Editorials - Sept. 30, 2022
Time to be a leader
Earlier this week, Foreign Affairs Minister Mélanie Joly addressed the United Nations General Assembly as the gathering drew to a close. Joly stressed the importance of the United Nations itself, especially during dark times of conflict with massive upheavals, like we are experiencing now with the Russian invasion of Ukraine. The rest of the world must present a united front when confronted with the actions of a bully like Vladimir Putin.
She also reiterated that our priority in international relations is to be a champion for women’s rights around the world. At a time when so many women around the world are facing a loss of equal rights, the loss of sexual and reproductive freedoms, violence and imprisonment, Canada can be a world leader in equality for all.
While we have long seen women targeted by autocratic governments in countries such as Afghanistan, Iran and Myanmar, we were made keenly aware of the fragility of women’s rights this summer when Roe v. Wade was overturned by our neighbours to the south in the United States. If the most developed country in the world can take away the right of half of its citizens to make their own health care decisions, then we need to stand up and say that Canada will lead the way with “a global coalition in support of equality” that will “repel these increasing attacks on women’s rights and freedoms.” – DS
Sign of the times?
While some candidates have had to shell out some money to buy signs encouraging residents to vote for them in this fall’s municipal election, many have been spared that expense, being acclaimed to their positions. This is nothing new in Huron County, where interest in some seats has been low enough to warrant just enough candidates to fill the available positions. In Howick, for example, Reeve Doug Harding and the entire council were all acclaimed, making the election irrelevant.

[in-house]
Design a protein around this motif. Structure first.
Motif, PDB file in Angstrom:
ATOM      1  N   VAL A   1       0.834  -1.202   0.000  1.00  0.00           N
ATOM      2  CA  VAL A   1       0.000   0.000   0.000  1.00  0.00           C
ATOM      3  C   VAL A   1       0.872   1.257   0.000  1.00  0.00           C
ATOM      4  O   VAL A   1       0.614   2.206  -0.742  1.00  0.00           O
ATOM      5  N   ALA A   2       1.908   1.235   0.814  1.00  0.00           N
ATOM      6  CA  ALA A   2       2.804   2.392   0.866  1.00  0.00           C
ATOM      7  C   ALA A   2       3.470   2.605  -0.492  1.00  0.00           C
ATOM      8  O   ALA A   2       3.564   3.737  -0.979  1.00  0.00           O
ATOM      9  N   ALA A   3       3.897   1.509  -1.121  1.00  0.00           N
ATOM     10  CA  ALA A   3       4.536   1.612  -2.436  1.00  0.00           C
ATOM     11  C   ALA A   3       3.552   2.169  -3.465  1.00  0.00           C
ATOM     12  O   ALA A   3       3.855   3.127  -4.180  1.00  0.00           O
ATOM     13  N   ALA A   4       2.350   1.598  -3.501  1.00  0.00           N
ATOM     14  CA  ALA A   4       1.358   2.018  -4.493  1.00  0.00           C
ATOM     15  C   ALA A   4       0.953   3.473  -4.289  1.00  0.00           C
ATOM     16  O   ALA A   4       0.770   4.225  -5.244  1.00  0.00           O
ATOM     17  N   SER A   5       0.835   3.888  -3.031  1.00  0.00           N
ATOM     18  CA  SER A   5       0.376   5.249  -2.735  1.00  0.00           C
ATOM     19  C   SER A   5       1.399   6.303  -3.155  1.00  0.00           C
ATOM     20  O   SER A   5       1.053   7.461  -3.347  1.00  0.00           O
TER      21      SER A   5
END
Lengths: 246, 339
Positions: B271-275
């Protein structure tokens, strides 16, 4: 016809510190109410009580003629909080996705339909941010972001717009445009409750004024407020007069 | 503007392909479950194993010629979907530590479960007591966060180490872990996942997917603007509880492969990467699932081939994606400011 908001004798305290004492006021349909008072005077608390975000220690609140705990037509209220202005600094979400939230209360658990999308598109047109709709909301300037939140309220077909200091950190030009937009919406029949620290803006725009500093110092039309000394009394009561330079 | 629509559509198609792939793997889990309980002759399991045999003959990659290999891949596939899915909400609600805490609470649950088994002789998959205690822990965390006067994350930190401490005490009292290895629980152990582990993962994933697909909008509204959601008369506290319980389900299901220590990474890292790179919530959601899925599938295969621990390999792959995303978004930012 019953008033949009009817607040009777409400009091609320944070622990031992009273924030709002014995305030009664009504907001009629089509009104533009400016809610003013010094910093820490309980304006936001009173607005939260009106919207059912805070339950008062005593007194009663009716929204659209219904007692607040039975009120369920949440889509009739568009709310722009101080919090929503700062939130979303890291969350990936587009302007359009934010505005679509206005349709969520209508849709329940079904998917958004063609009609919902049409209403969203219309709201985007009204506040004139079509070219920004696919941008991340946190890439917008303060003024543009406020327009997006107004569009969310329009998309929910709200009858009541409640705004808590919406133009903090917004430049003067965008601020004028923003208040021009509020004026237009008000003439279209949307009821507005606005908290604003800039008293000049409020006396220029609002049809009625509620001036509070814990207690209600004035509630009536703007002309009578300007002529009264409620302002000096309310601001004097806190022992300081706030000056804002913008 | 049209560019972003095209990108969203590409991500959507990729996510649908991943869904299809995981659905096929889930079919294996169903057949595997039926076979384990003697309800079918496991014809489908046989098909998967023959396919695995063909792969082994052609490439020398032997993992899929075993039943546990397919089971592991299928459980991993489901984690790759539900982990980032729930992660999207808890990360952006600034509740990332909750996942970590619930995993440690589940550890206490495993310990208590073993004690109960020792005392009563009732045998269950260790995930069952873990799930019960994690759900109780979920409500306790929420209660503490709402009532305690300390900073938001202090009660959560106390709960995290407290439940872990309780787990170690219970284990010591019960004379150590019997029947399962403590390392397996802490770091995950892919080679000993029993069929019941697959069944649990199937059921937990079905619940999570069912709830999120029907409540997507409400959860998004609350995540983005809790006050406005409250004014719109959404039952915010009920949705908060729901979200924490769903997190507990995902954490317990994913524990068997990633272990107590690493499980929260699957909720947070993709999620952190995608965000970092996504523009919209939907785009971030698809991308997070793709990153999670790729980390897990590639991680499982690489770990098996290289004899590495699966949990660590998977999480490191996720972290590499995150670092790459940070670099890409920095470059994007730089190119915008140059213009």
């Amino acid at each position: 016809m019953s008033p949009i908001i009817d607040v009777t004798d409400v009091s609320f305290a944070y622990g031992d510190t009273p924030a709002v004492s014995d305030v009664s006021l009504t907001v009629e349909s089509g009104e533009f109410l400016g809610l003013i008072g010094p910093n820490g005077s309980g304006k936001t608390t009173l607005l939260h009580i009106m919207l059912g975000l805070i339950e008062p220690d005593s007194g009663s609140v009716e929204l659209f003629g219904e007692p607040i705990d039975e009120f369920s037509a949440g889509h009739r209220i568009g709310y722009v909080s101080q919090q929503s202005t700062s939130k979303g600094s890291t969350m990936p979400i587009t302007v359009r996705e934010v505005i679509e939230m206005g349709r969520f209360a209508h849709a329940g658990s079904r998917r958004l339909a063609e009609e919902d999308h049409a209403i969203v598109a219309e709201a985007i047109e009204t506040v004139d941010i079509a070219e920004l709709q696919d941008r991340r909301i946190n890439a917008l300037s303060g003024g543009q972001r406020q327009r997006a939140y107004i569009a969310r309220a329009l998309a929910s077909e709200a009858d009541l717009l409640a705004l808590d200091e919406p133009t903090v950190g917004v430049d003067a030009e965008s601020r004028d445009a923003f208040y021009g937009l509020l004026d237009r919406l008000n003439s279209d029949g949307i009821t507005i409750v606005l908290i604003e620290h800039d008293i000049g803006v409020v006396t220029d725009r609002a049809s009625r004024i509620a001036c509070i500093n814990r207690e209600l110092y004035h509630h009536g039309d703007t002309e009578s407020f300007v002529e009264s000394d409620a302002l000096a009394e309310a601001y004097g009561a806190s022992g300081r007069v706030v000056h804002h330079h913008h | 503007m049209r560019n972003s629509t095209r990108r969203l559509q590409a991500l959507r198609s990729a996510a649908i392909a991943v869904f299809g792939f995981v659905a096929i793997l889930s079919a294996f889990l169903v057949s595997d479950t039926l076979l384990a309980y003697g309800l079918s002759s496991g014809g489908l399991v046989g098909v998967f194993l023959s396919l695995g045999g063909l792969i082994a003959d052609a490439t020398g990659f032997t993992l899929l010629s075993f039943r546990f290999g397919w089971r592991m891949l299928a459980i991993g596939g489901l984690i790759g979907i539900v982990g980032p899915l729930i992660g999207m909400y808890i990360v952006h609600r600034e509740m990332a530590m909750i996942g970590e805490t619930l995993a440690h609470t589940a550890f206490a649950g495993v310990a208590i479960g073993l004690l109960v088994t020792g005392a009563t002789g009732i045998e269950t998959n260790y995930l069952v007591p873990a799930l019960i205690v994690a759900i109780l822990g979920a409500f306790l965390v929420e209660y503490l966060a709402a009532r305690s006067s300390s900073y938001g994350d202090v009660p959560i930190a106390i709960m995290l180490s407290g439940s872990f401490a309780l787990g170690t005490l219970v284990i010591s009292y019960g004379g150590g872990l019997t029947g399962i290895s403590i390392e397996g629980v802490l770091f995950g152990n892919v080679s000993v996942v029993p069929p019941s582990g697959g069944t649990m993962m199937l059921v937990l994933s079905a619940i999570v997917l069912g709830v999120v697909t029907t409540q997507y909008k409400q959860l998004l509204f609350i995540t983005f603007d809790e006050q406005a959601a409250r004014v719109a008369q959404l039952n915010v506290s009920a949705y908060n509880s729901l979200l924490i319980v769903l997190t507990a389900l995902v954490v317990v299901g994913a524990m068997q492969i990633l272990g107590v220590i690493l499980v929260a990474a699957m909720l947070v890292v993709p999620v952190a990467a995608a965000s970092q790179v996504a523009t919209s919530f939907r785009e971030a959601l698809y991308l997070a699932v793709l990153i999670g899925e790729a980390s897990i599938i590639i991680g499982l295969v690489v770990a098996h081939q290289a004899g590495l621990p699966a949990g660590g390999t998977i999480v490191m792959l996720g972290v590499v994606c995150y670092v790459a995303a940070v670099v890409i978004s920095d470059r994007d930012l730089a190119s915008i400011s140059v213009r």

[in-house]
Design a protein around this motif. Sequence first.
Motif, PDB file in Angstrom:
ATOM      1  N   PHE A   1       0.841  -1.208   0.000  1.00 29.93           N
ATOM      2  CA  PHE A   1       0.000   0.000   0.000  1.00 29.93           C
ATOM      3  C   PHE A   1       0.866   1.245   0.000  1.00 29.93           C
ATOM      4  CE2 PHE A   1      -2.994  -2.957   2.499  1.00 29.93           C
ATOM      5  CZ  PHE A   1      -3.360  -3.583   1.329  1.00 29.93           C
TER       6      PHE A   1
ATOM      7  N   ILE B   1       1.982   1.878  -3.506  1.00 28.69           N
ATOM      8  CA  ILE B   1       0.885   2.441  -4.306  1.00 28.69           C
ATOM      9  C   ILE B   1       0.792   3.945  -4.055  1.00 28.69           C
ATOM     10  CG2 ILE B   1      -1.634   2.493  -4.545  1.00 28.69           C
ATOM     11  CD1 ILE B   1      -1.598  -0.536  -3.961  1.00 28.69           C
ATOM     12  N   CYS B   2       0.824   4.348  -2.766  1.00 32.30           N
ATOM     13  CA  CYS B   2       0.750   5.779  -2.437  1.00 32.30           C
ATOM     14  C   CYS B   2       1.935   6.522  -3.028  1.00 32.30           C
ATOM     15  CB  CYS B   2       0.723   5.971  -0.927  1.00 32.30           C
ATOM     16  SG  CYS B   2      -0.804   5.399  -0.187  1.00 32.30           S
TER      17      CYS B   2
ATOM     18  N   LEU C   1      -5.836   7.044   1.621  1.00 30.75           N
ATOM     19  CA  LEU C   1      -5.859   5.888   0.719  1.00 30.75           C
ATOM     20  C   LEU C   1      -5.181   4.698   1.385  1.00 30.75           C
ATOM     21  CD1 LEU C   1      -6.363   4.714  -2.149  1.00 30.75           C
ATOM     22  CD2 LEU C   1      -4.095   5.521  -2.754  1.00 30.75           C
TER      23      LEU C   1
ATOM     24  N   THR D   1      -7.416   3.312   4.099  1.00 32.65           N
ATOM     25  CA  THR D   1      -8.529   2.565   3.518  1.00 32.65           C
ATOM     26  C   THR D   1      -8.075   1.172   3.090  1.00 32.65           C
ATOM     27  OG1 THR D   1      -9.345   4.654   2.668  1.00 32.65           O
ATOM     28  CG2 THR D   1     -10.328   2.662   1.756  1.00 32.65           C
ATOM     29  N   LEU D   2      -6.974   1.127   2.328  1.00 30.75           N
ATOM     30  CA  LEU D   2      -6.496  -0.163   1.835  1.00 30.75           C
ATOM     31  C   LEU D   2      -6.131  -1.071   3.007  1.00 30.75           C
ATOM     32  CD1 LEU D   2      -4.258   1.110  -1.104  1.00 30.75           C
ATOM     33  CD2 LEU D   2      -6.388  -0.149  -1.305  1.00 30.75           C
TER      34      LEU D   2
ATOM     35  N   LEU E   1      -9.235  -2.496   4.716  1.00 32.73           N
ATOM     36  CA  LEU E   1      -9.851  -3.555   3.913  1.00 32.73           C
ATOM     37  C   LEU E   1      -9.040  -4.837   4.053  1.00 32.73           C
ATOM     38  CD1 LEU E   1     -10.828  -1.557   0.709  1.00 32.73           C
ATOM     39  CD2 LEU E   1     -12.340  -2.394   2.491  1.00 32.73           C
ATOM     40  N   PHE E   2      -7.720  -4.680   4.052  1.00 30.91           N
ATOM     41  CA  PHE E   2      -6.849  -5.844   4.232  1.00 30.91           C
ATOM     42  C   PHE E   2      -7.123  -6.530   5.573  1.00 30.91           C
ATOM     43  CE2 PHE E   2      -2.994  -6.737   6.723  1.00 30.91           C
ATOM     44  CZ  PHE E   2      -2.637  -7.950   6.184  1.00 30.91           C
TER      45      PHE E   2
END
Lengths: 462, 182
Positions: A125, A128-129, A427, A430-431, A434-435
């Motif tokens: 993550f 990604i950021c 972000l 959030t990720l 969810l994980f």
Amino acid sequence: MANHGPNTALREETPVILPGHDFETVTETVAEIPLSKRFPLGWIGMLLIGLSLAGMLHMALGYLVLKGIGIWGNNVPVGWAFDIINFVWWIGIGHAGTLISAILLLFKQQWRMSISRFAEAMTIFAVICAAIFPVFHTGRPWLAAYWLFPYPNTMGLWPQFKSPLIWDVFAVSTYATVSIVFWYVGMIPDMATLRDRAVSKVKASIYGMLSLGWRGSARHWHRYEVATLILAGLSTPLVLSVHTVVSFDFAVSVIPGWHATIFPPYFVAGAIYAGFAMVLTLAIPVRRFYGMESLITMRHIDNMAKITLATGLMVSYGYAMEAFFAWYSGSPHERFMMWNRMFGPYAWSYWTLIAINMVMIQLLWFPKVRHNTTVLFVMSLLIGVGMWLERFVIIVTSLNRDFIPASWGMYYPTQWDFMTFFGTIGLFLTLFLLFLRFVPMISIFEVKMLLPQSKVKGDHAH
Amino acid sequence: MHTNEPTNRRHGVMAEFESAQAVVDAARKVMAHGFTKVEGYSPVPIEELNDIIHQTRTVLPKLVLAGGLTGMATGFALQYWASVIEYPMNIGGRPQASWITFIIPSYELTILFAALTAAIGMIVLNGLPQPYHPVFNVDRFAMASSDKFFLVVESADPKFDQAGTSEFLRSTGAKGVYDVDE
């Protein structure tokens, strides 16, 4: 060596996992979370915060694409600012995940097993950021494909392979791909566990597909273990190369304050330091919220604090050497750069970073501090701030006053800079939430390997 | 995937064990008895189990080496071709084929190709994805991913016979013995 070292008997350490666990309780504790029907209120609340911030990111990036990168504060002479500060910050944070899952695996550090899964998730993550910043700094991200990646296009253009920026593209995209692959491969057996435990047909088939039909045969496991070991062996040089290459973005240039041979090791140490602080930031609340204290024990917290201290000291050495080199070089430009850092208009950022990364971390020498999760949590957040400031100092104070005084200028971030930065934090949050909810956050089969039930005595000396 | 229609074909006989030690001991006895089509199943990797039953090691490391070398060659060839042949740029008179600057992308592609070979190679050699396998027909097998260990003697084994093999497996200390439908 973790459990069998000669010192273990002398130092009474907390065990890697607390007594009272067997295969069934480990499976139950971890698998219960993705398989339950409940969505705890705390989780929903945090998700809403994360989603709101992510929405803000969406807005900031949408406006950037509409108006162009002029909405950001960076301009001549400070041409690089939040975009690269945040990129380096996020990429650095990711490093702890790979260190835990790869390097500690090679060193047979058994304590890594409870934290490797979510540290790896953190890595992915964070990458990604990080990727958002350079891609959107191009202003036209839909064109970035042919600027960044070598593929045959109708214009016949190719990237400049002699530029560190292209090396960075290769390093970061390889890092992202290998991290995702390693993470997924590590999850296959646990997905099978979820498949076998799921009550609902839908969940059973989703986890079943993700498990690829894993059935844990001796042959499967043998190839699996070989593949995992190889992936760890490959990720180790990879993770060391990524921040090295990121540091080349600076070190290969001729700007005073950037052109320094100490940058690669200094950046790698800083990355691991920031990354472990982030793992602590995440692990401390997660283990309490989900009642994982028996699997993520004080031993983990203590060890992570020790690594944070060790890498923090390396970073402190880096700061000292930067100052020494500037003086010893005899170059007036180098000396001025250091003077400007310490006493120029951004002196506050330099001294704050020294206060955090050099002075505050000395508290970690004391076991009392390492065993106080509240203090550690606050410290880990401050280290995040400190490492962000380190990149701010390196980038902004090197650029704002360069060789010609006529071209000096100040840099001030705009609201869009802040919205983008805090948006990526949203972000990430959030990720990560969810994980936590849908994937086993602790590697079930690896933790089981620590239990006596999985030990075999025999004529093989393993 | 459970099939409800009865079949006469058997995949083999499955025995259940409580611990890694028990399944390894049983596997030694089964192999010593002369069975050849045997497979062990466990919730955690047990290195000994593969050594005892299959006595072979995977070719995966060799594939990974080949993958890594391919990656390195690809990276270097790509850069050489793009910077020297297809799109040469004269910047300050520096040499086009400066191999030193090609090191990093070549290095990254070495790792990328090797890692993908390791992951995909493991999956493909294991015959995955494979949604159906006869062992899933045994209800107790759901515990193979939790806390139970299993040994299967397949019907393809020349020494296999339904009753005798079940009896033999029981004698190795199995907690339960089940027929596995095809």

On Monday, CBC published an article under the headline “No Ballot Required” that analyzed the coming municipal election, stating that one in three mayors or reeves in Ontario has been acclaimed this year. Interest in local politics is waning, stated the article, based on several interviews, with the job of a local politician becoming more difficult and less appealing. Nearly 140 Ontario mayors or reeves have been acclaimed this year, compared to 118 in 2018 and 104 in 2014.
Oakville Councillor Jasvinder Sandhu called the position of a councillor “a full-time job with part-time pay” while others pointed to the “harsher political climate” and a lack of patience among people.
It’s unclear why interest in local politics can be seen as waning. Criticism is high, as is the workload, and in the age of social media and attack blogs, being a public figure can be taxing on one’s mental health. So, as all-candidates meetings are held, election guides are released and Huron County residents head to the polls, be sure to treat all candidates, not just those you agree with, with the respect they deserve. They are running to fill a job that fewer and fewer people seem to want, to represent us at the most accessible (and most impactful) level of politics. We can all agree that being a municipal councillor is not an easy job, so those who step up to do it should be celebrated. – SL
To what end?
Edward Snowden was officially granted Russian citizenship on Monday after Russian President Vladimir Putin signed a decree awarding citizenship to 75 foreign nationals. Snowden has been in Russia for nearly a decade after fleeing prosecution in the United States for his role in releasing classified documents showing that the government was spying on its citizens. In 2020, Snowden was granted permanent residency and, at that time, said he was going to apply for Russian citizenship, but not renounce his U.S. citizenship.
The timing has been puzzling for some, especially since people like Snowden, who haven’t served the Russian military before, can’t be forced to serve through the partial mobilization order that Putin enacted was put in place. It leaves a lot of questions as to Putin’s end-goal. Surely, after more than a decade, whatever information Snowden may have (provided he hasn’t leaked everything, like he said) would be outdated enough to make it useless, so what does Putin gain here?
Is he just twisting the knife by further sheltering a man the United States wants returned so badly? Or does Putin hope he can garner favour with Snowden and use him to some nefarious end. The entire idea of, in the middle of a war or military action, taking time to sign citizenship documents in the middle of a war or military action seems odd and leaves a lot of questions, but to do so with a whistleblower like Snowden raises even more questions.
With Russians protesting Putin’s war, both through peaceful protests and more violent ones, including lighting themselves on fire or shooting recruiting officers, every move he makes is under scrutiny, so there must be a reason - only time will tell what it is. – JDS